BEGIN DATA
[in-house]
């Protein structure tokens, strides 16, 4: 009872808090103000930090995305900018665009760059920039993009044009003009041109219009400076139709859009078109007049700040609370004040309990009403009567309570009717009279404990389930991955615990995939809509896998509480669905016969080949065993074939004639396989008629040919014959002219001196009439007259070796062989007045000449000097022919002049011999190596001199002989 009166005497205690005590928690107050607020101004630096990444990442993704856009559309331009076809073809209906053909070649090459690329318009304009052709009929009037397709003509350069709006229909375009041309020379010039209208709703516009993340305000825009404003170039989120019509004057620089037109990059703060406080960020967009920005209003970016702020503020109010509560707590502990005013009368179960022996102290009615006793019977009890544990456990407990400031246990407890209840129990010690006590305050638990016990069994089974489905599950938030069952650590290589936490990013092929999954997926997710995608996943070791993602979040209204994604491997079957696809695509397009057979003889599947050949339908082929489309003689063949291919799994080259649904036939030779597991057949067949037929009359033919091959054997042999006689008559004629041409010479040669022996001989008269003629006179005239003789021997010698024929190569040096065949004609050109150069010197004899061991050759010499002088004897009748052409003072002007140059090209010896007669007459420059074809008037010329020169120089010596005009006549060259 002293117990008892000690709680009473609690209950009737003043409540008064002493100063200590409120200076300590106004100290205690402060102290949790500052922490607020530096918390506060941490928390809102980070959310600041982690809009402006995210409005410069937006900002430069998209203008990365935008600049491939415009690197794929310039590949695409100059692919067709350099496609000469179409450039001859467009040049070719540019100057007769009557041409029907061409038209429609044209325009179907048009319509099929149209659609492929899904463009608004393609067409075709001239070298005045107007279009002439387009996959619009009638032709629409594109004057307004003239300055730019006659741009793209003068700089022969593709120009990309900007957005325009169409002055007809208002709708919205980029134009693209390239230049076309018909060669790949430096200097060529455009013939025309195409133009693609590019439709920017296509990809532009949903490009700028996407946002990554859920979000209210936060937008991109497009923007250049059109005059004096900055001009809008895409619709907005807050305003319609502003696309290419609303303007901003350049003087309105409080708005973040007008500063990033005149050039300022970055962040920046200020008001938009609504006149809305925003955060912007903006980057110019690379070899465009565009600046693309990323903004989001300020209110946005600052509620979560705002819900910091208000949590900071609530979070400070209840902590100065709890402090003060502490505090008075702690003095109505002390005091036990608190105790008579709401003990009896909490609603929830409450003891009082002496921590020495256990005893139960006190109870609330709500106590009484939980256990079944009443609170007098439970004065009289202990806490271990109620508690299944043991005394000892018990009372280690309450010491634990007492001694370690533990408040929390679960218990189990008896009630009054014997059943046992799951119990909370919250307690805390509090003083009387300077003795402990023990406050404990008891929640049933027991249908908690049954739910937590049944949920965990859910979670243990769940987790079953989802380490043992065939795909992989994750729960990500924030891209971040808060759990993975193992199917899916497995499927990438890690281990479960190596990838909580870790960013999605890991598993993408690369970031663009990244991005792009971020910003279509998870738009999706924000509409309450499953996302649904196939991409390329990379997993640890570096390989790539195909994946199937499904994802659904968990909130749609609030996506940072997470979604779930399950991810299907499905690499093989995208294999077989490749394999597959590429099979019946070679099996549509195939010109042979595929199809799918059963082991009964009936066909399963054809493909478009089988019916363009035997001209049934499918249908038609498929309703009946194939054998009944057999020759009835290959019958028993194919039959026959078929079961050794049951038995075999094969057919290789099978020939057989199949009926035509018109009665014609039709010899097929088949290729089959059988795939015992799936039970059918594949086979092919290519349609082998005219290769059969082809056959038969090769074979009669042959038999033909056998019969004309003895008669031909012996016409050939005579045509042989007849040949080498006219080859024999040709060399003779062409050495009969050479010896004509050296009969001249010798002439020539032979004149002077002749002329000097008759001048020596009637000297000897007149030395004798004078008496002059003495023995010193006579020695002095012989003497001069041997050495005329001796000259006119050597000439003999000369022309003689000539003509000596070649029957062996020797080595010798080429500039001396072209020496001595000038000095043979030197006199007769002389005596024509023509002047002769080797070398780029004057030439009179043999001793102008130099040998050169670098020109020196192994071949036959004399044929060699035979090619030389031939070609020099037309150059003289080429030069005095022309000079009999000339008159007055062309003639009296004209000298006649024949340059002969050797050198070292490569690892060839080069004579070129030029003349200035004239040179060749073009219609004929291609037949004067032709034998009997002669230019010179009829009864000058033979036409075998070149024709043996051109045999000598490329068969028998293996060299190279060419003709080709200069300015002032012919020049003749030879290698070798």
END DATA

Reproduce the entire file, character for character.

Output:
[in-house]
């Protein structure tokens, strides 16, 4: 009872808090103000930090995305900018665009760059920039993009044009003009041109219009400076139709859009078109007049700040609370004040309990009403009567309570009717009279404990389930991955615990995939809509896998509480669905016969080949065993074939004639396989008629040919014959002219001196009439007259070796062989007045000449000097022919002049011999190596001199002989 009166005497205690005590928690107050607020101004630096990444990442993704856009559309331009076809073809209906053909070649090459690329318009304009052709009929009037397709003509350069709006229909375009041309020379010039209208709703516009993340305000825009404003170039989120019509004057620089037109990059703060406080960020967009920005209003970016702020503020109010509560707590502990005013009368179960022996102290009615006793019977009890544990456990407990400031246990407890209840129990010690006590305050638990016990069994089974489905599950938030069952650590290589936490990013092929999954997926997710995608996943070791993602979040209204994604491997079957696809695509397009057979003889599947050949339908082929489309003689063949291919799994080259649904036939030779597991057949067949037929009359033919091959054997042999006689008559004629041409010479040669022996001989008269003629006179005239003789021997010698024929190569040096065949004609050109150069010197004899061991050759010499002088004897009748052409003072002007140059090209010896007669007459420059074809008037010329020169120089010596005009006549060259 002293117990008892000690709680009473609690209950009737003043409540008064002493100063200590409120200076300590106004100290205690402060102290949790500052922490607020530096918390506060941490928390809102980070959310600041982690809009402006995210409005410069937006900002430069998209203008990365935008600049491939415009690197794929310039590949695409100059692919067709350099496609000469179409450039001859467009040049070719540019100057007769009557041409029907061409038209429609044209325009179907048009319509099929149209659609492929899904463009608004393609067409075709001239070298005045107007279009002439387009996959619009009638032709629409594109004057307004003239300055730019006659741009793209003068700089022969593709120009990309900007957005325009169409002055007809208002709708919205980029134009693209390239230049076309018909060669790949430096200097060529455009013939025309195409133009693609590019439709920017296509990809532009949903490009700028996407946002990554859920979000209210936060937008991109497009923007250049059109005059004096900055001009809008895409619709907005807050305003319609502003696309290419609303303007901003350049003087309105409080708005973040007008500063990033005149050039300022970055962040920046200020008001938009609504006149809305925003955060912007903006980057110019690379070899465009565009600046693309990323903004989001300020209110946005600052509620979560705002819900910091208000949590900071609530979070400070209840902590100065709890402090003060502490505090008075702690003095109505002390005091036990608190105790008579709401003990009896909490609603929830409450003891009082002496921590020495256990005893139960006190109870609330709500106590009484939980256990079944009443609170007098439970004065009289202990806490271990109620508690299944043991005394000892018990009372280690309450010491634990007492001694370690533990408040929390679960218990189990008896009630009054014997059943046992799951119990909370919250307690805390509090003083009387300077003795402990023990406050404990008891929640049933027991249908908690049954739910937590049944949920965990859910979670243990769940987790079953989802380490043992065939795909992989994750729960990500924030891209971040808060759990993975193992199917899916497995499927990438890690281990479960190596990838909580870790960013999605890991598993993408690369970031663009990244991005792009971020910003279509998870738009999706924000509409309450499953996302649904196939991409390329990379997993640890570096390989790539195909994946199937499904994802659904968990909130749609609030996506940072997470979604779930399950991810299907499905690499093989995208294999077989490749394999597959590429099979019946070679099996549509195939010109042979595929199809799918059963082991009964009936066909399963054809493909478009089988019916363009035997001209049934499918249908038609498929309703009946194939054998009944057999020759009835290959019958028993194919039959026959078929079961050794049951038995075999094969057919290789099978020939057989199949009926035509018109009665014609039709010899097929088949290729089959059988795939015992799936039970059918594949086979092919290519349609082998005219290769059969082809056959038969090769074979009669042959038999033909056998019969004309003895008669031909012996016409050939005579045509042989007849040949080498006219080859024999040709060399003779062409050495009969050479010896004509050296009969001249010798002439020539032979004149002077002749002329000097008759001048020596009637000297000897007149030395004798004078008496002059003495023995010193006579020695002095012989003497001069041997050495005329001796000259006119050597000439003999000369022309003689000539003509000596070649029957062996020797080595010798080429500039001396072209020496001595000038000095043979030197006199007769002389005596024509023509002047002769080797070398780029004057030439009179043999001793102008130099040998050169670098020109020196192994071949036959004399044929060699035979090619030389031939070609020099037309150059003289080429030069005095022309000079009999000339008159007055062309003639009296004209000298006649024949340059002969050797050198070292490569690892060839080069004579070129030029003349200035004239040179060749073009219609004929291609037949004067032709034998009997002669230019010179009829009864000058033979036409075998070149024709043996051109045999000598490329068969028998293996060299190279060419003709080709200069300015002032012919020049003749030879290698070798």